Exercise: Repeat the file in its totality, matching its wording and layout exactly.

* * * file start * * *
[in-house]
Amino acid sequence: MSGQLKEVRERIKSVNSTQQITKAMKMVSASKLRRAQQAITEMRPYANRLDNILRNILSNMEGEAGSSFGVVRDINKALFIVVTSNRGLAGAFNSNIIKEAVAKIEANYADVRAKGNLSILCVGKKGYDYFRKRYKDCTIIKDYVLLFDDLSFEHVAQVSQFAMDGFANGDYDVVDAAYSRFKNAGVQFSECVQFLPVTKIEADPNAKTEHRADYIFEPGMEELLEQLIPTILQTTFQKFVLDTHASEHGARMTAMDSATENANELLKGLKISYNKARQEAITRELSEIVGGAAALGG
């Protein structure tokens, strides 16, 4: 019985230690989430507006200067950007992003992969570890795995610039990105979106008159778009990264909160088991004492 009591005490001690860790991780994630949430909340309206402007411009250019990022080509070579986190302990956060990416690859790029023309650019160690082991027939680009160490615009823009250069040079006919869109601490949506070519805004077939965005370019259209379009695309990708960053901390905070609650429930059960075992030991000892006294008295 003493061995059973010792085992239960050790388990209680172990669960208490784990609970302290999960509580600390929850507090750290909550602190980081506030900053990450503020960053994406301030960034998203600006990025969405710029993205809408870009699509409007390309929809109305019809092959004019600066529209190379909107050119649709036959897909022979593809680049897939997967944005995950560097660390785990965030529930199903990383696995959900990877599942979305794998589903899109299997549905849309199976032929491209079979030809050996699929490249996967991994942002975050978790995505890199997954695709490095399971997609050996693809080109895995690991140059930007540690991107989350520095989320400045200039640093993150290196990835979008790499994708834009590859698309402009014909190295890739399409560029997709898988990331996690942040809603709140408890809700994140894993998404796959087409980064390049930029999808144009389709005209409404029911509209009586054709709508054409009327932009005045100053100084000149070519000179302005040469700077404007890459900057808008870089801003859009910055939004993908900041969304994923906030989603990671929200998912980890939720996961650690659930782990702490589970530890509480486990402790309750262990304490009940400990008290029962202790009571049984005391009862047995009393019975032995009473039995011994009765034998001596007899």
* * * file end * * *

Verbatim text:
[in-house]
Amino acid sequence: MSGQLKEVRERIKSVNSTQQITKAMKMVSASKLRRAQQAITEMRPYANRLDNILRNILSNMEGEAGSSFGVVRDINKALFIVVTSNRGLAGAFNSNIIKEAVAKIEANYADVRAKGNLSILCVGKKGYDYFRKRYKDCTIIKDYVLLFDDLSFEHVAQVSQFAMDGFANGDYDVVDAAYSRFKNAGVQFSECVQFLPVTKIEADPNAKTEHRADYIFEPGMEELLEQLIPTILQTTFQKFVLDTHASEHGARMTAMDSATENANELLKGLKISYNKARQEAITRELSEIVGGAAALGG
């Protein structure tokens, strides 16, 4: 019985230690989430507006200067950007992003992969570890795995610039990105979106008159778009990264909160088991004492 009591005490001690860790991780994630949430909340309206402007411009250019990022080509070579986190302990956060990416690859790029023309650019160690082991027939680009160490615009823009250069040079006919869109601490949506070519805004077939965005370019259209379009695309990708960053901390905070609650429930059960075992030991000892006294008295 003493061995059973010792085992239960050790388990209680172990669960208490784990609970302290999960509580600390929850507090750290909550602190980081506030900053990450503020960053994406301030960034998203600006990025969405710029993205809408870009699509409007390309929809109305019809092959004019600066529209190379909107050119649709036959897909022979593809680049897939997967944005995950560097660390785990965030529930199903990383696995959900990877599942979305794998589903899109299997549905849309199976032929491209079979030809050996699929490249996967991994942002975050978790995505890199997954695709490095399971997609050996693809080109895995690991140059930007540690991107989350520095989320400045200039640093993150290196990835979008790499994708834009590859698309402009014909190295890739399409560029997709898988990331996690942040809603709140408890809700994140894993998404796959087409980064390049930029999808144009389709005209409404029911509209009586054709709508054409009327932009005045100053100084000149070519000179302005040469700077404007890459900057808008870089801003859009910055939004993908900041969304994923906030989603990671929200998912980890939720996961650690659930782990702490589970530890509480486990402790309750262990304490009940400990008290029962202790009571049984005391009862047995009393019975032995009473039995011994009765034998001596007899």